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  • Writer's pictureIsabelle

Tuesday Thoughts And What Not To Say


Hi Friends, 


I hope you were inspired from last week to try something new. 


Today, we continue with learning to replace some old phrases that we use, just because they are there in our memory and we haven't replaced them on a conscious level yet. 


Once you read them, I am sure you have either used them yourself, or you were the recipient of hearing such phrases.


 Especially when someone is going through a heard time, it's wise to stop and think before we speak. One of the worst things I've heard after I shared the loss of my brother to suicide, was this: "That is one of the most selfish things to do."  And the woman was no stranger to grief, as she had lost her husband. So, I thought it was a safe person. Well, I learned quickly that she wasn't. 


So, even though summer is a time of fun and vacation and get togethers; like the 4th of July this week, this doesn't mean that people are not hurting. When someone is going through a hard time, it's essential to choose our words with care. I will share phrases to avoid, and phrases to use instead.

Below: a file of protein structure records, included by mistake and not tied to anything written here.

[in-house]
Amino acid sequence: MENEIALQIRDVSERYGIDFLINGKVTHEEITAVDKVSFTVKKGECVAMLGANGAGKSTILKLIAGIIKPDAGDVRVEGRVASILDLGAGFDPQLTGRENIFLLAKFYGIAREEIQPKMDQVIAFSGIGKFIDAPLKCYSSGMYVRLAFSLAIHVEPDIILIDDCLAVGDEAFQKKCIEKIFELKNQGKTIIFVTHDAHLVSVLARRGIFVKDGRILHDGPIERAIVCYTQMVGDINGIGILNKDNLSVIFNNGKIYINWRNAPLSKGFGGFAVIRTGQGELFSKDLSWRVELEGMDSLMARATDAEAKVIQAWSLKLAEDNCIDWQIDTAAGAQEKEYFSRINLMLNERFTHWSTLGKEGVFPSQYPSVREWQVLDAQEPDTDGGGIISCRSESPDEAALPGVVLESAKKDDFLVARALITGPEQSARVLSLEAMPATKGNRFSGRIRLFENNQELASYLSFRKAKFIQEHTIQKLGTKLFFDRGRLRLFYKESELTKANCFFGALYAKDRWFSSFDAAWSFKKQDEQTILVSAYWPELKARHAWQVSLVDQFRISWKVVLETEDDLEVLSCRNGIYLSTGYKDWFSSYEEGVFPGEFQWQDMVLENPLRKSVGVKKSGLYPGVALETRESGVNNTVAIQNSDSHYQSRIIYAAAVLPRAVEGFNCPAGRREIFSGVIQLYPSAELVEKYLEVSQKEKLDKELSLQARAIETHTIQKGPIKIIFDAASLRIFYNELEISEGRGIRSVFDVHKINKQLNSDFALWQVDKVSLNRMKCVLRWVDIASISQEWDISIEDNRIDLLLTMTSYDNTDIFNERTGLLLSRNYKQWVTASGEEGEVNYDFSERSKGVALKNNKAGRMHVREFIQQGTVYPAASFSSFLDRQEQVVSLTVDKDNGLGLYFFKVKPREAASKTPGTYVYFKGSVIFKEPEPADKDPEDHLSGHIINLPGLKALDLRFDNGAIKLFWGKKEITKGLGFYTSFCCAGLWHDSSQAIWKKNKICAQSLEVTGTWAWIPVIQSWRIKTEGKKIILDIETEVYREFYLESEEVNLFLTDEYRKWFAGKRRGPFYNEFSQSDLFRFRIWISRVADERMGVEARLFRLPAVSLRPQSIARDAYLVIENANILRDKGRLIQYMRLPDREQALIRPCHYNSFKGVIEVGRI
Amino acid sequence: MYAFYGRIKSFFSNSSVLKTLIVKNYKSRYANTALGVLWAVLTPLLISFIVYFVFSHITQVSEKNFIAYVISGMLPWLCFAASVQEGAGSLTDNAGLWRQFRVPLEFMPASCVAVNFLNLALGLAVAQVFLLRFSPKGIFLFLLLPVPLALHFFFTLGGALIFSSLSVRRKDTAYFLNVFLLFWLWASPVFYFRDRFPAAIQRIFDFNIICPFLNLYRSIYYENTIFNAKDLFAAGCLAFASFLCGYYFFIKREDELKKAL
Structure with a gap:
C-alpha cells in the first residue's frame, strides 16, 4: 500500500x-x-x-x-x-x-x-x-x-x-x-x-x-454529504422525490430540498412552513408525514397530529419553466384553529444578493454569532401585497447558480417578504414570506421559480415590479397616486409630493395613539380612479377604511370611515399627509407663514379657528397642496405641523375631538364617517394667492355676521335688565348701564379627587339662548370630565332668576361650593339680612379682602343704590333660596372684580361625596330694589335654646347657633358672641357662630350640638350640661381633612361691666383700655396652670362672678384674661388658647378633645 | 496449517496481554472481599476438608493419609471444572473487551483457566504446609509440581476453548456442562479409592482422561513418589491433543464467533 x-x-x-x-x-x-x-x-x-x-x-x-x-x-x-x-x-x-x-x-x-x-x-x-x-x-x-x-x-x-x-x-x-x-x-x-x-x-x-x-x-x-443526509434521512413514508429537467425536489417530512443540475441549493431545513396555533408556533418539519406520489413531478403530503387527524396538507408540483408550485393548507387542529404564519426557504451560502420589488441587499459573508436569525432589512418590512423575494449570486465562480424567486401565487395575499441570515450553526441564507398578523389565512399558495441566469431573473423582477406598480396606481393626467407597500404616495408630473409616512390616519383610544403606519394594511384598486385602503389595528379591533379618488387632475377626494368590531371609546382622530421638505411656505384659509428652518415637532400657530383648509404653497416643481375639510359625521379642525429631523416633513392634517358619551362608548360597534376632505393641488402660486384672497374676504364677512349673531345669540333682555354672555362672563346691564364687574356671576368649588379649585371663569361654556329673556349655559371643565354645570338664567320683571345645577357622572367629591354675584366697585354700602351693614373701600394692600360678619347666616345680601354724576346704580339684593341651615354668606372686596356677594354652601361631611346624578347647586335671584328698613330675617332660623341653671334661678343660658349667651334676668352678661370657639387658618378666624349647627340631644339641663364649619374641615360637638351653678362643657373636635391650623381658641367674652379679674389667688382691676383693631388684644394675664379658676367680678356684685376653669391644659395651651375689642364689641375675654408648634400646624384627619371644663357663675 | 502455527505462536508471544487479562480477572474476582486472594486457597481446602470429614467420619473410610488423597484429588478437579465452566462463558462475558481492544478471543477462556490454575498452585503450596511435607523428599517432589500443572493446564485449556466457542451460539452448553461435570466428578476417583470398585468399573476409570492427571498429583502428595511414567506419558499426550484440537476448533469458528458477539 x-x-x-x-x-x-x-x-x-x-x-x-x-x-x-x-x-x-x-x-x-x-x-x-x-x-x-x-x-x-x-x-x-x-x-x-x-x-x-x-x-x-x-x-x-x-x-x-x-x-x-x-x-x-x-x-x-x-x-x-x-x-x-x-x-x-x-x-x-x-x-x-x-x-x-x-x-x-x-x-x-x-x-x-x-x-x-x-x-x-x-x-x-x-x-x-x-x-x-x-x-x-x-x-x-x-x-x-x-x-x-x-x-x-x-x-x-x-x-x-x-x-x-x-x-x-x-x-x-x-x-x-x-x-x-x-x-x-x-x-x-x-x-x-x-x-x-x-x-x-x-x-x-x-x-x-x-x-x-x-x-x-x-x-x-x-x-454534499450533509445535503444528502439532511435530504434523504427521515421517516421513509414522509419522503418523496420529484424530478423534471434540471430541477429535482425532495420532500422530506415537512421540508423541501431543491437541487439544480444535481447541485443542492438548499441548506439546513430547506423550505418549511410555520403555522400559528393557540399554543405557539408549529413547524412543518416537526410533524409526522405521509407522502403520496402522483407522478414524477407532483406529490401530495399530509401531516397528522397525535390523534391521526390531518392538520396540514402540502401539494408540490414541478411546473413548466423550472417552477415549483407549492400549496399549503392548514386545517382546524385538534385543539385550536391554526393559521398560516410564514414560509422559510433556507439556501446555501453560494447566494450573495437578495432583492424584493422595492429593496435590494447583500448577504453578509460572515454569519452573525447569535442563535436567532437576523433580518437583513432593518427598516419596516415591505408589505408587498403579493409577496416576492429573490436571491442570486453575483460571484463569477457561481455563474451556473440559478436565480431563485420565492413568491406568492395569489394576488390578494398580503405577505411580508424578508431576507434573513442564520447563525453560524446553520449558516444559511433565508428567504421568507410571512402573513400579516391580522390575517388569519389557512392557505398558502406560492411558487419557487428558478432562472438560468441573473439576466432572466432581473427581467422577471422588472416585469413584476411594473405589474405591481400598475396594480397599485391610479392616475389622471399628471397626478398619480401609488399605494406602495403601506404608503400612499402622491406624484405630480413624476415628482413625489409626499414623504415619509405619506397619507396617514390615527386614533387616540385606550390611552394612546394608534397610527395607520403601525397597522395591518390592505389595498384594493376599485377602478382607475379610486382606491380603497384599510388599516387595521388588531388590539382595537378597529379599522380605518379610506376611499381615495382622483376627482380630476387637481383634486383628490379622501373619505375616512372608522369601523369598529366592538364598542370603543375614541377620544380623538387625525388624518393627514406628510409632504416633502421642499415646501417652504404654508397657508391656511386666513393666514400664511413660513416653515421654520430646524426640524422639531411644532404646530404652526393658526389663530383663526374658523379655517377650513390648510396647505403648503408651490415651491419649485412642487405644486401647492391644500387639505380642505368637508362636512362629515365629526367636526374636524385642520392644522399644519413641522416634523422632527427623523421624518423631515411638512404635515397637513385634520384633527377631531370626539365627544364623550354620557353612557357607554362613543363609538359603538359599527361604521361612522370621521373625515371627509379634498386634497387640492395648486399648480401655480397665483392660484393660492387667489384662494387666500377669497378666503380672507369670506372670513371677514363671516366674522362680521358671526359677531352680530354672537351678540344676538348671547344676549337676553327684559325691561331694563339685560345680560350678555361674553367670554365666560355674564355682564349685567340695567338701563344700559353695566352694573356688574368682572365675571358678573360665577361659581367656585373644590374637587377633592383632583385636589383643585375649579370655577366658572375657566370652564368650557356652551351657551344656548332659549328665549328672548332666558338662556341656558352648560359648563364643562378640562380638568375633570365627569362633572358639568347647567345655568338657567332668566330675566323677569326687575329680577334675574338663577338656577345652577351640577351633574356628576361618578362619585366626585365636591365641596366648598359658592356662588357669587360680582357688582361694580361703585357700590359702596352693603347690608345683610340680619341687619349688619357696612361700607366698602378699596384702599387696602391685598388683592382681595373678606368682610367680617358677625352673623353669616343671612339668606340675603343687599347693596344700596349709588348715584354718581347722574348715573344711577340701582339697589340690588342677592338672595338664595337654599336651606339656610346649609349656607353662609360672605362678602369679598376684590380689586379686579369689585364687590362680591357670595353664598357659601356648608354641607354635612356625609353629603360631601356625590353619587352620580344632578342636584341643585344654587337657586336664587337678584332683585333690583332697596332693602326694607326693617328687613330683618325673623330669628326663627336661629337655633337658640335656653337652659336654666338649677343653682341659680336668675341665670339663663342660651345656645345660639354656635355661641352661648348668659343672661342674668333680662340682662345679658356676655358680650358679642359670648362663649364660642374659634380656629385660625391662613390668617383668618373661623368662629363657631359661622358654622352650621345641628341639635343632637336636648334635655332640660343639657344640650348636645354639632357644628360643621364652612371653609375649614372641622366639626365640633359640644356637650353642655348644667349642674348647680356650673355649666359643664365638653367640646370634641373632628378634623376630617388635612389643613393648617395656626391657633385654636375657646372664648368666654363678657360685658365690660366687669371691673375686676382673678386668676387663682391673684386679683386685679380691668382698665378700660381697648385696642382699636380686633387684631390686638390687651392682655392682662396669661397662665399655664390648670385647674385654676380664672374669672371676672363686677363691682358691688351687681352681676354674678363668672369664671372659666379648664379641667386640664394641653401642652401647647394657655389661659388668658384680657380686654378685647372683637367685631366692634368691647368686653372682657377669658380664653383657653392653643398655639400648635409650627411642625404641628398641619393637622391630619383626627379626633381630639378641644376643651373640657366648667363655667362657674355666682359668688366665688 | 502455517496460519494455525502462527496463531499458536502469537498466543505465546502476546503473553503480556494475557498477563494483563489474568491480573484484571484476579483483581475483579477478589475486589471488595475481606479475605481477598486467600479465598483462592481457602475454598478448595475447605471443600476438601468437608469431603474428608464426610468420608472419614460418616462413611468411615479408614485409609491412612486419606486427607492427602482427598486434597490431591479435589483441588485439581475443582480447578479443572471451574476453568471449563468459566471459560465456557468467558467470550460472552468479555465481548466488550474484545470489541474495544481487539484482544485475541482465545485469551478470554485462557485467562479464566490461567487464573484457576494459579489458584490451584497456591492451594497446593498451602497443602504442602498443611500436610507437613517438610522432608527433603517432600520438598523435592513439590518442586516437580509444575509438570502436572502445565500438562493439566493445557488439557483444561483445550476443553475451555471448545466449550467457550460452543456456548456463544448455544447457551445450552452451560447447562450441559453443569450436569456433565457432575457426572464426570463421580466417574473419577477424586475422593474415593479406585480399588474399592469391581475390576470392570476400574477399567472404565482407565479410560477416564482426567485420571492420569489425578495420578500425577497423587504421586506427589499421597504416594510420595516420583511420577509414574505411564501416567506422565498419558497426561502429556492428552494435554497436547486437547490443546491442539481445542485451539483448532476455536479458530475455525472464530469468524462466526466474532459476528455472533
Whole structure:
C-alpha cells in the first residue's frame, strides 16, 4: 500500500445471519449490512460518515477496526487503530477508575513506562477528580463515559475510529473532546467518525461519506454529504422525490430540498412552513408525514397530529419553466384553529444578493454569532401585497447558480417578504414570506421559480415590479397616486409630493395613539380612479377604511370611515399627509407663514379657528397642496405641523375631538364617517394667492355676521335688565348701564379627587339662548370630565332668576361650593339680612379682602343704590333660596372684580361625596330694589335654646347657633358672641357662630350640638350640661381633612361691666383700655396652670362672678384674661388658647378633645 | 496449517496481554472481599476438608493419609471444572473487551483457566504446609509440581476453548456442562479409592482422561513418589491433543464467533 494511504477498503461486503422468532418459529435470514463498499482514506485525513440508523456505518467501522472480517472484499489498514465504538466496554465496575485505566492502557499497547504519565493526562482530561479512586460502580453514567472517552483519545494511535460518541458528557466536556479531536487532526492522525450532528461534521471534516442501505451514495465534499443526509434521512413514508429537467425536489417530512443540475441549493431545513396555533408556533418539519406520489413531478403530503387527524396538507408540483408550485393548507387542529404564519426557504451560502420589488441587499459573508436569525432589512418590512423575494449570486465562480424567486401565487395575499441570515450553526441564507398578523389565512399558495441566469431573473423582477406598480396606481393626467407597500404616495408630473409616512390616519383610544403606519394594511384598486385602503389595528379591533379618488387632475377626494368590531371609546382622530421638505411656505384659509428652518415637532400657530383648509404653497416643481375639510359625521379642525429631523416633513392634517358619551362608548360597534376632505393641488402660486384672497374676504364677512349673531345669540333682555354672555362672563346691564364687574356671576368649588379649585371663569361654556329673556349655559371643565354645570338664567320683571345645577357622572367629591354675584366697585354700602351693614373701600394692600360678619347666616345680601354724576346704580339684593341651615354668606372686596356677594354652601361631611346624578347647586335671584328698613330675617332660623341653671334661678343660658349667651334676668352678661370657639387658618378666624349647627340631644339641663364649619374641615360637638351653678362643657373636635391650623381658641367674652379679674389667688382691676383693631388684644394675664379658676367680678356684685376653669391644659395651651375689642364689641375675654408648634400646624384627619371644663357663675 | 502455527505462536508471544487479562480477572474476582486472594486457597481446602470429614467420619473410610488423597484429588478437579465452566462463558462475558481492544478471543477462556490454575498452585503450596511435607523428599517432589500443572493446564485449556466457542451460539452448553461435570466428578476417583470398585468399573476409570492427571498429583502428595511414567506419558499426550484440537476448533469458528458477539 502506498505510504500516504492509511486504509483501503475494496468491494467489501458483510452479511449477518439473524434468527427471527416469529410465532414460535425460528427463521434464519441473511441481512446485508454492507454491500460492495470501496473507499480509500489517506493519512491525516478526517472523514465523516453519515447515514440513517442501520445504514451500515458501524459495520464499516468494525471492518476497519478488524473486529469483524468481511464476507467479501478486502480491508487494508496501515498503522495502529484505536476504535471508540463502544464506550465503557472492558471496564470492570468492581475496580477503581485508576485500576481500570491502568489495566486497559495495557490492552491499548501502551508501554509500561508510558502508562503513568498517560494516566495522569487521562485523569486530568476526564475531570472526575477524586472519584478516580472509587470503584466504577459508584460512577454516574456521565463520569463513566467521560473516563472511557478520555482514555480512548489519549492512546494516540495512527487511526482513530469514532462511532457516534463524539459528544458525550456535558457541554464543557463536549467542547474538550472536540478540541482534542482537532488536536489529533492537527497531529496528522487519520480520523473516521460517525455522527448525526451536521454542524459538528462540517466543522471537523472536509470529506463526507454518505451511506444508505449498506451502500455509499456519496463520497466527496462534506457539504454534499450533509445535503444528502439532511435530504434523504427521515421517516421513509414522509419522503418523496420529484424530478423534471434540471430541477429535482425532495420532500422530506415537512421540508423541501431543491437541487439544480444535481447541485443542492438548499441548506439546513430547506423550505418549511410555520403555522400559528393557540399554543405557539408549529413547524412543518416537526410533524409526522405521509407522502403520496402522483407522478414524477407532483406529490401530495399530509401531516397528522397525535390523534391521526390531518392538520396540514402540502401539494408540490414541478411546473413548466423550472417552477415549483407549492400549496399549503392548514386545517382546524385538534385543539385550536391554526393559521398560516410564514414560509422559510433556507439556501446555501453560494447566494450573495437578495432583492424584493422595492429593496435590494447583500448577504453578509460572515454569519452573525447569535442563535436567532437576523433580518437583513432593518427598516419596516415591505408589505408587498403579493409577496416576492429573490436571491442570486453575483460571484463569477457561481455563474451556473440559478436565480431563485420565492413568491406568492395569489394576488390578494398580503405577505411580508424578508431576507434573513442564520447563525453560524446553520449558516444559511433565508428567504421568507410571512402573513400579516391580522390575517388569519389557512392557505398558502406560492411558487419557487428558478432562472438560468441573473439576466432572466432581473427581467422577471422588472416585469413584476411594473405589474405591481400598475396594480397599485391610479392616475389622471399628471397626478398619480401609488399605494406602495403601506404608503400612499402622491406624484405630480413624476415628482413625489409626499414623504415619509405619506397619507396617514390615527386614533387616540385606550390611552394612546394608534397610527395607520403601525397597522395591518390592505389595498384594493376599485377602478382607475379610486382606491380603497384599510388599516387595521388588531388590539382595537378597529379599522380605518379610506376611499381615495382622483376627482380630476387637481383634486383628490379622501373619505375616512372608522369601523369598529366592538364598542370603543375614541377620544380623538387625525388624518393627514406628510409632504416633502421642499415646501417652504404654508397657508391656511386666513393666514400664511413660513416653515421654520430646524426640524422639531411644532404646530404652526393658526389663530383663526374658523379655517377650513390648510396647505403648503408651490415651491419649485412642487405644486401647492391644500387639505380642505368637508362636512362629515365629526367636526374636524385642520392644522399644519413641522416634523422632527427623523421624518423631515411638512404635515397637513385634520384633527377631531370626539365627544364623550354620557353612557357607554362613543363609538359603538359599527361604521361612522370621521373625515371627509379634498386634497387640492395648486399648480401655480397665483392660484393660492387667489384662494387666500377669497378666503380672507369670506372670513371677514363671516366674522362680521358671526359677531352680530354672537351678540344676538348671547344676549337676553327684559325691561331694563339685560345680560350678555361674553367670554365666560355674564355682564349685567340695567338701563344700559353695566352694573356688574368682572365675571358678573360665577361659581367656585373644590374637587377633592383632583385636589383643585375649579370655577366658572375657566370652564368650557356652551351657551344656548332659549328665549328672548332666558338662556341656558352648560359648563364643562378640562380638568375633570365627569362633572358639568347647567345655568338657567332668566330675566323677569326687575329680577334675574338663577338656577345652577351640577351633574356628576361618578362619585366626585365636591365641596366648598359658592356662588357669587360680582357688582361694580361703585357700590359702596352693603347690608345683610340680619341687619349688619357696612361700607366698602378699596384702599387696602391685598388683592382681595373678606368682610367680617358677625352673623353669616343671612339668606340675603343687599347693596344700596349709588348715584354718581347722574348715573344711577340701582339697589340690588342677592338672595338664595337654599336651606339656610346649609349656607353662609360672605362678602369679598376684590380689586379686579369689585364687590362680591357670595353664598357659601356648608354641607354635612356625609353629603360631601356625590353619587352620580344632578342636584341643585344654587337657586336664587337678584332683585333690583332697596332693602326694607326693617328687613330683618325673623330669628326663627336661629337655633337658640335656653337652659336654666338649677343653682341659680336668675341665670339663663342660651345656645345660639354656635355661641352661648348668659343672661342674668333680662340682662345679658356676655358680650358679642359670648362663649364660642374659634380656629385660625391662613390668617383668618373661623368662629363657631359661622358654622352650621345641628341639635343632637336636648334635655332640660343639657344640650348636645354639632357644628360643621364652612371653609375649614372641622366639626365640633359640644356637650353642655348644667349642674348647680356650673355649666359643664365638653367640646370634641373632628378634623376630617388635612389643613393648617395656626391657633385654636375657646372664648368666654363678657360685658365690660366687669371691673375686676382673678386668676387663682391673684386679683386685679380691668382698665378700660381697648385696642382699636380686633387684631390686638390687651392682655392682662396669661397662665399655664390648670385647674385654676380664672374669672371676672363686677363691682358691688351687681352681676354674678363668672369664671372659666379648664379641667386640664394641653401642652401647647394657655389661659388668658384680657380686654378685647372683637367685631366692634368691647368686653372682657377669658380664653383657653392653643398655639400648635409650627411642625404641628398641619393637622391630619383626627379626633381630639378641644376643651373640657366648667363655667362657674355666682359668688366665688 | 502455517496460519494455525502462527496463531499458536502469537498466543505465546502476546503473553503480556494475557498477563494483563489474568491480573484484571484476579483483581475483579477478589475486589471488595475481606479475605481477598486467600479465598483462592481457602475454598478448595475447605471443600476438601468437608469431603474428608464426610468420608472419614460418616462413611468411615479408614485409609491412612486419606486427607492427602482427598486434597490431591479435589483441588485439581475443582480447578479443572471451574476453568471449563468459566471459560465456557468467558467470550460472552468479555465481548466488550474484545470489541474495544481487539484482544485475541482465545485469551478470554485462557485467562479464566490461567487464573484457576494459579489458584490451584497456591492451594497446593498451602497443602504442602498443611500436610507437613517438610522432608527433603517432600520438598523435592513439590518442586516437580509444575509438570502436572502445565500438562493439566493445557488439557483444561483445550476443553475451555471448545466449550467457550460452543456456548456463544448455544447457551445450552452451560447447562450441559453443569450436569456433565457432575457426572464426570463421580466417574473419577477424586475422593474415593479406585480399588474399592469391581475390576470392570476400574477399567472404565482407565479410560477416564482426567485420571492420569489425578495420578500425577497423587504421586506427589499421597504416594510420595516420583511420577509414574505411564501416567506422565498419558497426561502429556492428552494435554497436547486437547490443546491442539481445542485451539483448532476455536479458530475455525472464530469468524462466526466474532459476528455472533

Below is a list of phrases that can come across as dismissive which invalidates or minimizes the pain:

  1. It could be worse

  2. Just get over it

  3. Time heals all wounds

  4. There are people who have it worse

  5. You should be grateful for what you have

  6. It's not a big deal

  7. At least you have...

  8. You'll be fine, don't worry

  9. God doesn't give you more then you can handle


Let's look at what we could replace these phrases with; words that show empathy, validation and support: 

  1. I'm here for you

  2. You are not alone in this

  3. How can I support you right now? 

  4. Take all the time you need

  5. I'm listening

  6. Would you like to talk about it?

  7. You've been through a lot

  8. Let's take it one step at a time

  9. It's OK to feel this way

  10. I'm here to help in any way I can



These phrases acknowledge someone's feelings and are offering support without judgment or unsolicited advice. Do you hear the difference? Most of us DO NOT want unsolicited advice especially if the person has never experienced what you are going through. 



Maybe you have something that was really helpful to you that you want to share? You know I love to hear from you. 



Here is this week's affirmation:


I respond with words of empathy

Isabelle


PS: Message me to start moving to a more confident you.



You are loved. Deeply loved. Loved beyond measure.


Until next time,

Isabelle



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